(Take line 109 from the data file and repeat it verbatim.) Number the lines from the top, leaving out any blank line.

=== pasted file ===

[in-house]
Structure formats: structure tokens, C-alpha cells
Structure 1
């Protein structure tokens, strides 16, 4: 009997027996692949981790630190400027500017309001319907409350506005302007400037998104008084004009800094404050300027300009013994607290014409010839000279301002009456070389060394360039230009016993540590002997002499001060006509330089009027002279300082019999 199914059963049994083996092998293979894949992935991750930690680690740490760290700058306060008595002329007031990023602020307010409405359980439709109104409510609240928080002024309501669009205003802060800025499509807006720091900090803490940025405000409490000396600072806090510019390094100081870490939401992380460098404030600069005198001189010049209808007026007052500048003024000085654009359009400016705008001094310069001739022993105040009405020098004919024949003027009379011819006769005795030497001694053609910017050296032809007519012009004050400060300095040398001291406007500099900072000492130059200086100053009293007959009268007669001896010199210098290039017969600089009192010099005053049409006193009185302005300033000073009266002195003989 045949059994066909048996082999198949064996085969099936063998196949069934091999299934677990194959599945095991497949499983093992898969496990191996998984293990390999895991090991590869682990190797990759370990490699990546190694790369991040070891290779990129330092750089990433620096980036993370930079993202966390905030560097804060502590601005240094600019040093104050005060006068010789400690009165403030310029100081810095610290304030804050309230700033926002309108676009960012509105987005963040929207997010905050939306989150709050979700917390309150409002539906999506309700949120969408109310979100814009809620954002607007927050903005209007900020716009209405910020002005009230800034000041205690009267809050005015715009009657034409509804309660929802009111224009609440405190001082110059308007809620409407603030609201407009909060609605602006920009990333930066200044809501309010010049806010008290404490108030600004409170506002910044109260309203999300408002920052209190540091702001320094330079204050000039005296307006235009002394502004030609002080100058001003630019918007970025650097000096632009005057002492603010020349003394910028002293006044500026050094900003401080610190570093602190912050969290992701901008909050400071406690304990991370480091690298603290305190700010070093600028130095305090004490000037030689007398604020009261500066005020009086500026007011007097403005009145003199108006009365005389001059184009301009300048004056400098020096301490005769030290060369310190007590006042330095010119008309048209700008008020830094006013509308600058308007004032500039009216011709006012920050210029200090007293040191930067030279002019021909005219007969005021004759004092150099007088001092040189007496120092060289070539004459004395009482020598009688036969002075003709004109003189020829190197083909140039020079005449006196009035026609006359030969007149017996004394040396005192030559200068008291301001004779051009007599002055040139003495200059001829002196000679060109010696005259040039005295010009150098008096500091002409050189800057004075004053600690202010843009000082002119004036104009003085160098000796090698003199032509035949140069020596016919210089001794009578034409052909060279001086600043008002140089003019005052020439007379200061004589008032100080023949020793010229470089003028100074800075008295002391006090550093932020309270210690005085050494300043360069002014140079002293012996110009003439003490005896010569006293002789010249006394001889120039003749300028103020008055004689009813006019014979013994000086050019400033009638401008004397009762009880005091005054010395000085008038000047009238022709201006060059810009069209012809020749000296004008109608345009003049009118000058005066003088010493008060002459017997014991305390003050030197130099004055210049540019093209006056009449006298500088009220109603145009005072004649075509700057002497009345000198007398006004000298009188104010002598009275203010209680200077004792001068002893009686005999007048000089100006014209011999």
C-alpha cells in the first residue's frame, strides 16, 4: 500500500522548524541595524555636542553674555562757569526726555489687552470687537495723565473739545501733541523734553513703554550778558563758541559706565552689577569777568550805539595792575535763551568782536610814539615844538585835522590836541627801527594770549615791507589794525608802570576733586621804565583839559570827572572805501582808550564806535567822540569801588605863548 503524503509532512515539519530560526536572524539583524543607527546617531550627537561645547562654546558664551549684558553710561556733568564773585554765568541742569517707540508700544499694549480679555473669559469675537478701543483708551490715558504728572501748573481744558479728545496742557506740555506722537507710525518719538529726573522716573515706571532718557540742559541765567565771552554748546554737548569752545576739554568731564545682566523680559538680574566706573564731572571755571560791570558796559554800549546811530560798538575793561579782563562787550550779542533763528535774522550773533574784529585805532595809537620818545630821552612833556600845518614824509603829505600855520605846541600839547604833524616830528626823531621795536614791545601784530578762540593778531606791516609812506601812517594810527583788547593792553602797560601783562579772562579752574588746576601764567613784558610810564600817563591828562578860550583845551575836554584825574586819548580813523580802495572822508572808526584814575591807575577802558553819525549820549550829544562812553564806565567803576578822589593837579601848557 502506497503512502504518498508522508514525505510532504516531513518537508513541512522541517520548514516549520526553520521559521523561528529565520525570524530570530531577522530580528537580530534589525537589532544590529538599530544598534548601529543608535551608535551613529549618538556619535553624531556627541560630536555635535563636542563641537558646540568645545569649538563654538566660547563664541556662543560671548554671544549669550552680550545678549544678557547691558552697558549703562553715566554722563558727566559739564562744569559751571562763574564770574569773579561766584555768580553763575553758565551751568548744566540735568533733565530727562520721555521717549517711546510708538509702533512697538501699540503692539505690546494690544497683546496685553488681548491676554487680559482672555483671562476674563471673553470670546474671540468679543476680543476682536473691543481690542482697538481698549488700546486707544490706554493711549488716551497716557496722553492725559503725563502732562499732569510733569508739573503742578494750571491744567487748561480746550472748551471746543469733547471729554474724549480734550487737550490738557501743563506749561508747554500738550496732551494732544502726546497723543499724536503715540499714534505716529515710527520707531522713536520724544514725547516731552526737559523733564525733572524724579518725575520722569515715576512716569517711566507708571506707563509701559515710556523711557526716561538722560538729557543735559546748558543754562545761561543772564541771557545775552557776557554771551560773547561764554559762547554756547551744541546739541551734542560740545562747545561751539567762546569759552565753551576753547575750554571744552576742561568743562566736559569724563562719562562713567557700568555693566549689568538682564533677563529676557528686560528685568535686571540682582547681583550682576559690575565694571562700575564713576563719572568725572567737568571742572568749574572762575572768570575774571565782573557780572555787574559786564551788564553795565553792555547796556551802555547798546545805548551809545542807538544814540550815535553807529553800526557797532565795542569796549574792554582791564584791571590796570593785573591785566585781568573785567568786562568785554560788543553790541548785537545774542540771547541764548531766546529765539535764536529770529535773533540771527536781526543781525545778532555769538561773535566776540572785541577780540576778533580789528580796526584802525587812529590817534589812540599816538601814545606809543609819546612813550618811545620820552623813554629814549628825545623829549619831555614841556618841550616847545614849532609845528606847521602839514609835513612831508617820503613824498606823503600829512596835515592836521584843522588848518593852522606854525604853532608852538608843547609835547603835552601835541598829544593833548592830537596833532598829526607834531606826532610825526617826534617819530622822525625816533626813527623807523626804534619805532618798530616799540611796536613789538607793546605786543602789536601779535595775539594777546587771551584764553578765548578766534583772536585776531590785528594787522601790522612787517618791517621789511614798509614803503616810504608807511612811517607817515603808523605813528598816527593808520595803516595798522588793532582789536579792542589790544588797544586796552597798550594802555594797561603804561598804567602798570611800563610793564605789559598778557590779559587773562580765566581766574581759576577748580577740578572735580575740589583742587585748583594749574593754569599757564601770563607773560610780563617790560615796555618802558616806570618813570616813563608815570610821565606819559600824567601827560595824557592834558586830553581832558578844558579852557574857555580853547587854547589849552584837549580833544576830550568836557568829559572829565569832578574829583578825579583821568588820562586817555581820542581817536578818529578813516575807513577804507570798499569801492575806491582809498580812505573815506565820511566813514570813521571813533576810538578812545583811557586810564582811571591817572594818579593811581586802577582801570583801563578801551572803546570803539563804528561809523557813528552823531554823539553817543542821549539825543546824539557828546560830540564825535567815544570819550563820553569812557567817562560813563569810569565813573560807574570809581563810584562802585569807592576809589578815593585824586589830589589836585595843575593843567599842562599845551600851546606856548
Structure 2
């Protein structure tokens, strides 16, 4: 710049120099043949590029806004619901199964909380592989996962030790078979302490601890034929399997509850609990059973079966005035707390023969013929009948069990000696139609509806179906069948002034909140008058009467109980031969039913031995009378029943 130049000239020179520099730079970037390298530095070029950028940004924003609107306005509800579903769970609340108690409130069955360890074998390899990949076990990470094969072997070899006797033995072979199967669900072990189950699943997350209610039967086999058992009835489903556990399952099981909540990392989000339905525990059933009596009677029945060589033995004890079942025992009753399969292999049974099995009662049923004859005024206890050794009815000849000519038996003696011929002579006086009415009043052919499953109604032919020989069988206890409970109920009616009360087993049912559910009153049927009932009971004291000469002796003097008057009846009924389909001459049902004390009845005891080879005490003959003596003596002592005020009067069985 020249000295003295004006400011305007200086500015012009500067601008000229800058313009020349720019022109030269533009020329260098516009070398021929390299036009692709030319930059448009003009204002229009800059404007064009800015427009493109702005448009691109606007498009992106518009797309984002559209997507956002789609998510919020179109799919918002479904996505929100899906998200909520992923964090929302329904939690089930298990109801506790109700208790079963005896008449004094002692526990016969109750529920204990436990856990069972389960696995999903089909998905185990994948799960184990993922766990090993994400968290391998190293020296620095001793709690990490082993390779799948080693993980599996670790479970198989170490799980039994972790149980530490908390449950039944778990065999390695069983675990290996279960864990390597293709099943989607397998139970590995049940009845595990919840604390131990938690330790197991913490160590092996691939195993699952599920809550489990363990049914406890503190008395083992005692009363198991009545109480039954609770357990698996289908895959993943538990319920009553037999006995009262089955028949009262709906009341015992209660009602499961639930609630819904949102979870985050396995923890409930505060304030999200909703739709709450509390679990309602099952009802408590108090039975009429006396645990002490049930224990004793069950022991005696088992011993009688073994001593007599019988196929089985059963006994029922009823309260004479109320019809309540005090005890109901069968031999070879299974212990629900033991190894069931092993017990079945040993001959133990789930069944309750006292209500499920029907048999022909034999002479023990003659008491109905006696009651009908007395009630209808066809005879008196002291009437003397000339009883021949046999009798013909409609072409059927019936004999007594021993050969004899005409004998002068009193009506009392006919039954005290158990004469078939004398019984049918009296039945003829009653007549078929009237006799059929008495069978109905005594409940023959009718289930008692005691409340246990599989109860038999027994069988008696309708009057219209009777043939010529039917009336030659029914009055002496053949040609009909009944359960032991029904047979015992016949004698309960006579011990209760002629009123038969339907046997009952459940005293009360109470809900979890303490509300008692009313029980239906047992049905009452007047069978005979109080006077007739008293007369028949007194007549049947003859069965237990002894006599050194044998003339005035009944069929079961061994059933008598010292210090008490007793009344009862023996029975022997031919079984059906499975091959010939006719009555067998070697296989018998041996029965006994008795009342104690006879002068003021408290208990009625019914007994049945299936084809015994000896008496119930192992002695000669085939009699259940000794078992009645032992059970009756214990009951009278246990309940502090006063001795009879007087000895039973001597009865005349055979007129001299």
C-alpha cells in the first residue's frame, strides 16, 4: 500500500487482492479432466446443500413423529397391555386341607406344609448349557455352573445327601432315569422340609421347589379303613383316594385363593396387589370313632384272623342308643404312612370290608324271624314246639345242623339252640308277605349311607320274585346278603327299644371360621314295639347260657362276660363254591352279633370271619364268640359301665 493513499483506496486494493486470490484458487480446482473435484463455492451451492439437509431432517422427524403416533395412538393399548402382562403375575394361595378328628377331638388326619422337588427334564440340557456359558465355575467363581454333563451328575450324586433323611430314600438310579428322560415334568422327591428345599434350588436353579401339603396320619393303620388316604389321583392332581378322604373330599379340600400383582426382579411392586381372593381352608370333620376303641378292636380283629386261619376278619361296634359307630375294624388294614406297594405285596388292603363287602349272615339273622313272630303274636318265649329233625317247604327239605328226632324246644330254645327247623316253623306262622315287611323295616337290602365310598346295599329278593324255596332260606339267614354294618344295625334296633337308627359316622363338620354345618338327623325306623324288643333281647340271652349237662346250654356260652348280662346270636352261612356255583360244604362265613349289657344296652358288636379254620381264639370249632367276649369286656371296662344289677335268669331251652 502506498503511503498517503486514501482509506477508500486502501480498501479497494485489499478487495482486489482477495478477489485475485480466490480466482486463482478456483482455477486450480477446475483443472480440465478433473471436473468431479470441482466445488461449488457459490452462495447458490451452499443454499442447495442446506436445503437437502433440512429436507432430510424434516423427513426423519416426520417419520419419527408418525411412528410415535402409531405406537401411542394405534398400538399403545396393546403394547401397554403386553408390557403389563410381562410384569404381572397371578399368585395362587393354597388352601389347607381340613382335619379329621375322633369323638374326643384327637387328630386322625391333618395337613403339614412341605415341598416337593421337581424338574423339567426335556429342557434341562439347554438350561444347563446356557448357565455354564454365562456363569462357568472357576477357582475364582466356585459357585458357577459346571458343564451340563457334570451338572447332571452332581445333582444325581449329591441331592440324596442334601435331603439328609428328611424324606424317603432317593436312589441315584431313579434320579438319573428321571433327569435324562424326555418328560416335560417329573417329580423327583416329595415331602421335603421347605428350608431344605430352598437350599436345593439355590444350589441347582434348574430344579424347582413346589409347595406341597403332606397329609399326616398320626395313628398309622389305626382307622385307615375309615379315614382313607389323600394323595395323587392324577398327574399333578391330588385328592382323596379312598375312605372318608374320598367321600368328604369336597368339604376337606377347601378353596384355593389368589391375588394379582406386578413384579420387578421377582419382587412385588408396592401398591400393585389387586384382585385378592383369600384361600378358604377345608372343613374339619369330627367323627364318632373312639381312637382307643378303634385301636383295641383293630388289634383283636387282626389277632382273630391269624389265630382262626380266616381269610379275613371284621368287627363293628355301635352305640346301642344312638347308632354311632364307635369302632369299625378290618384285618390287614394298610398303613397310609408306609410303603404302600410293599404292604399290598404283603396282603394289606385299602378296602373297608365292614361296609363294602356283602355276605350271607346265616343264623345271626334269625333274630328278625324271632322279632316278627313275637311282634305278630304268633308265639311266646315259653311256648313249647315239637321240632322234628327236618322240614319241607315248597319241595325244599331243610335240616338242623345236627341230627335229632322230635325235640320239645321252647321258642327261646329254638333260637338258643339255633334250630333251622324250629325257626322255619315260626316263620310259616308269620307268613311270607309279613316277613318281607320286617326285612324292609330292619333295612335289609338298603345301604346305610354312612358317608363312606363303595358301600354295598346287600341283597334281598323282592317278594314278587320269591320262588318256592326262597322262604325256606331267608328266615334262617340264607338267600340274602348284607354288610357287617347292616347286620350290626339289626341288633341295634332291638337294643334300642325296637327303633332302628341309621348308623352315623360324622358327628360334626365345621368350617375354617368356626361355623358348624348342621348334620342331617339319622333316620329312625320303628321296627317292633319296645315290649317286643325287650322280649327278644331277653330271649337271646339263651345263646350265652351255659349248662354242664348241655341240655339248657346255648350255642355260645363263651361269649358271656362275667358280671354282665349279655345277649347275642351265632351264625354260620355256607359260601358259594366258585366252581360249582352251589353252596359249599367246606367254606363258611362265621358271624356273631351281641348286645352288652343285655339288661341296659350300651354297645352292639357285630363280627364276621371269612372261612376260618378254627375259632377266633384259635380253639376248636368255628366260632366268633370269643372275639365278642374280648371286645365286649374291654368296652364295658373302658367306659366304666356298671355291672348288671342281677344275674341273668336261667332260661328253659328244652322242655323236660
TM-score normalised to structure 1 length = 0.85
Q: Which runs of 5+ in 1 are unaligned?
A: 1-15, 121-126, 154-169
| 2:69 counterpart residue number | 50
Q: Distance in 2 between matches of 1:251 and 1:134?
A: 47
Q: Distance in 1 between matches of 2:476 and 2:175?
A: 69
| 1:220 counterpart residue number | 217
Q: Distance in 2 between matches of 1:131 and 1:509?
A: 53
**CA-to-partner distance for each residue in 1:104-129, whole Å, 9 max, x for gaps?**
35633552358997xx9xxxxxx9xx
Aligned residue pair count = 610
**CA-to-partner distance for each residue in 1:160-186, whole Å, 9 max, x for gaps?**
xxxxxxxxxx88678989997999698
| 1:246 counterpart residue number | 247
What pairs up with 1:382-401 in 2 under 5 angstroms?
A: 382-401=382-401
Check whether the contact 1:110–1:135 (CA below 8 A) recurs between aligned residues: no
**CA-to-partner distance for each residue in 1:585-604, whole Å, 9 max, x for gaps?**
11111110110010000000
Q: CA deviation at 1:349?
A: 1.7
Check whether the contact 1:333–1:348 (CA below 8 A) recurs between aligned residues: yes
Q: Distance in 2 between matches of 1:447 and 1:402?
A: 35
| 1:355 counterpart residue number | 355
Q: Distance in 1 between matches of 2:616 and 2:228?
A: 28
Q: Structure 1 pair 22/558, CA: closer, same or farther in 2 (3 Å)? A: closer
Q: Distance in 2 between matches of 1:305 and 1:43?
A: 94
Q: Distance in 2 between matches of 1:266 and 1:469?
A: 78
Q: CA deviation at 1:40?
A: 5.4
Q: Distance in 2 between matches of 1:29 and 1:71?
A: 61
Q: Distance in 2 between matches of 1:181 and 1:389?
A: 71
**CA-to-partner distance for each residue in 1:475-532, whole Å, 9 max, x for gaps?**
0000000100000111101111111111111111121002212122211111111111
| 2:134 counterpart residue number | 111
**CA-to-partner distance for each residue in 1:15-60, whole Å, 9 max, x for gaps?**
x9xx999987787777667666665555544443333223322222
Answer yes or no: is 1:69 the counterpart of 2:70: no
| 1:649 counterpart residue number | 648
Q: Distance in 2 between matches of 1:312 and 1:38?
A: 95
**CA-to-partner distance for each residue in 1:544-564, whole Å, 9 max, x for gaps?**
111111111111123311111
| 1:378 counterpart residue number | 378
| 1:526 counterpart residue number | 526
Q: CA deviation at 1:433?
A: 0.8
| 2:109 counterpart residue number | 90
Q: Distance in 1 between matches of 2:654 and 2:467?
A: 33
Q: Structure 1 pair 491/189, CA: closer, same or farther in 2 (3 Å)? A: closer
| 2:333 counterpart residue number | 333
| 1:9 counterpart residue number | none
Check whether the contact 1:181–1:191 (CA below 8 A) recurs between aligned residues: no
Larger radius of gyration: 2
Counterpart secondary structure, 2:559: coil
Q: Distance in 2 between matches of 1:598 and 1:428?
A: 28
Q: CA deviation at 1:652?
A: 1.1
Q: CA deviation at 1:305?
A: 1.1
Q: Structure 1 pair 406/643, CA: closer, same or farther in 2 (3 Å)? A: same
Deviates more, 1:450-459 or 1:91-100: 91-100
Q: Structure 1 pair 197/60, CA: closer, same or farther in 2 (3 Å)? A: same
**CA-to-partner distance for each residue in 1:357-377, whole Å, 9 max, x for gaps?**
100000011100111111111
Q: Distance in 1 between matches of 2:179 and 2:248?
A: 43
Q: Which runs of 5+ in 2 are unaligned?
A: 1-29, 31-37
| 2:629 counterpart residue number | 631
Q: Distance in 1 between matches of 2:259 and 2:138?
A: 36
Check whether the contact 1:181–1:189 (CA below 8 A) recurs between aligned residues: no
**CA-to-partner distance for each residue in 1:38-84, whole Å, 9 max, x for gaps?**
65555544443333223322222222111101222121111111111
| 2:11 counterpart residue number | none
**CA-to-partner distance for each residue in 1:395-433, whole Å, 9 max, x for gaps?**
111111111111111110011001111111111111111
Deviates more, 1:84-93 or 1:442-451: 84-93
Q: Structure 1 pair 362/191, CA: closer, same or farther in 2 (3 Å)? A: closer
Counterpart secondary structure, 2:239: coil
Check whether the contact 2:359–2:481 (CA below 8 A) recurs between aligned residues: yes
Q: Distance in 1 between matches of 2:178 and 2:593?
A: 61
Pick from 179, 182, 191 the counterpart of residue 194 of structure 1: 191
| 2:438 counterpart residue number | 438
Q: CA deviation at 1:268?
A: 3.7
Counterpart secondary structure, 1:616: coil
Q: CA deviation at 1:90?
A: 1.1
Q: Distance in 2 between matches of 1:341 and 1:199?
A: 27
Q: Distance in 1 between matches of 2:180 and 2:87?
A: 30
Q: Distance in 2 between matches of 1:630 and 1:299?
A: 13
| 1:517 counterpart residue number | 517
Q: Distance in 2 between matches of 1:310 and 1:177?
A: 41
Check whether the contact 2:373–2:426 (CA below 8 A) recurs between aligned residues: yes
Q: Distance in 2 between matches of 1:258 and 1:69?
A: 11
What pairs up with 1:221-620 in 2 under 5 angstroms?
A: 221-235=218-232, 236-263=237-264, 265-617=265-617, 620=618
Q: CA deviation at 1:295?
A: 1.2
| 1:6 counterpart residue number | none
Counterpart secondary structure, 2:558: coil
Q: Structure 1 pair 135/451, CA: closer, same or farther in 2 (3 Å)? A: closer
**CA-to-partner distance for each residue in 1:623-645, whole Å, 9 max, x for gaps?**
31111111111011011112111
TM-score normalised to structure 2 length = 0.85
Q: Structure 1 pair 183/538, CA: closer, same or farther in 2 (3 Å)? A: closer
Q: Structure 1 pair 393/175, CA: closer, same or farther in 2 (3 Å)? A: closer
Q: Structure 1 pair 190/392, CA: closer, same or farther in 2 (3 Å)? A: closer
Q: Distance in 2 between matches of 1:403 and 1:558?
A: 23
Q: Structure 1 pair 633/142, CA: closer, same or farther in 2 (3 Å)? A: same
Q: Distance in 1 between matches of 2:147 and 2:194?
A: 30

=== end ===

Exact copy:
Q: CA deviation at 1:90?